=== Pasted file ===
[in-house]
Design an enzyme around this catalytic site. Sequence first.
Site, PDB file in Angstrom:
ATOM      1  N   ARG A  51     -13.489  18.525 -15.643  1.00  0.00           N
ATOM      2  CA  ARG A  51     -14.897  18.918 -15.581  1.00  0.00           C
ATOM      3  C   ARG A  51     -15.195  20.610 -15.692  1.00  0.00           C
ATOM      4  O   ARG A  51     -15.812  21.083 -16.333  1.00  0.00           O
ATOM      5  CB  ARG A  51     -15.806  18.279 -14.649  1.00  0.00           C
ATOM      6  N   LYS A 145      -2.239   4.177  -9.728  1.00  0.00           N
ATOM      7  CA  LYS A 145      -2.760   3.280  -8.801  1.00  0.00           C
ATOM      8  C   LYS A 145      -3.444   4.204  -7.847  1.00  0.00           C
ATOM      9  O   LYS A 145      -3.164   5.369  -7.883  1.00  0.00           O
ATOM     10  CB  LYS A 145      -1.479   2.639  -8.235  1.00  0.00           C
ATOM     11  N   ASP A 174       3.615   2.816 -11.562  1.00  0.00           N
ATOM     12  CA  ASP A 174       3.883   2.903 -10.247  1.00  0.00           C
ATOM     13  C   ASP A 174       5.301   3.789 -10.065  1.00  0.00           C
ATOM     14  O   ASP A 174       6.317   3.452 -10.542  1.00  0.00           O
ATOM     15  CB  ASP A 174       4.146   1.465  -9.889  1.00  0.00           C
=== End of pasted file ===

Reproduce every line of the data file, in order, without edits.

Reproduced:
[in-house]
Design an enzyme around this catalytic site. Sequence first.
Site, PDB file in Angstrom:
ATOM      1  N   ARG A  51     -13.489  18.525 -15.643  1.00  0.00           N
ATOM      2  CA  ARG A  51     -14.897  18.918 -15.581  1.00  0.00           C
ATOM      3  C   ARG A  51     -15.195  20.610 -15.692  1.00  0.00           C
ATOM      4  O   ARG A  51     -15.812  21.083 -16.333  1.00  0.00           O
ATOM      5  CB  ARG A  51     -15.806  18.279 -14.649  1.00  0.00           C
ATOM      6  N   LYS A 145      -2.239   4.177  -9.728  1.00  0.00           N
ATOM      7  CA  LYS A 145      -2.760   3.280  -8.801  1.00  0.00           C
ATOM      8  C   LYS A 145      -3.444   4.204  -7.847  1.00  0.00           C
ATOM      9  O   LYS A 145      -3.164   5.369  -7.883  1.00  0.00           O
ATOM     10  CB  LYS A 145      -1.479   2.639  -8.235  1.00  0.00           C
ATOM     11  N   ASP A 174       3.615   2.816 -11.562  1.00  0.00           N
ATOM     12  CA  ASP A 174       3.883   2.903 -10.247  1.00  0.00           C
ATOM     13  C   ASP A 174       5.301   3.789 -10.065  1.00  0.00           C
ATOM     14  O   ASP A 174       6.317   3.452 -10.542  1.00  0.00           O
ATOM     15  CB  ASP A 174       4.146   1.465  -9.889  1.00  0.00           C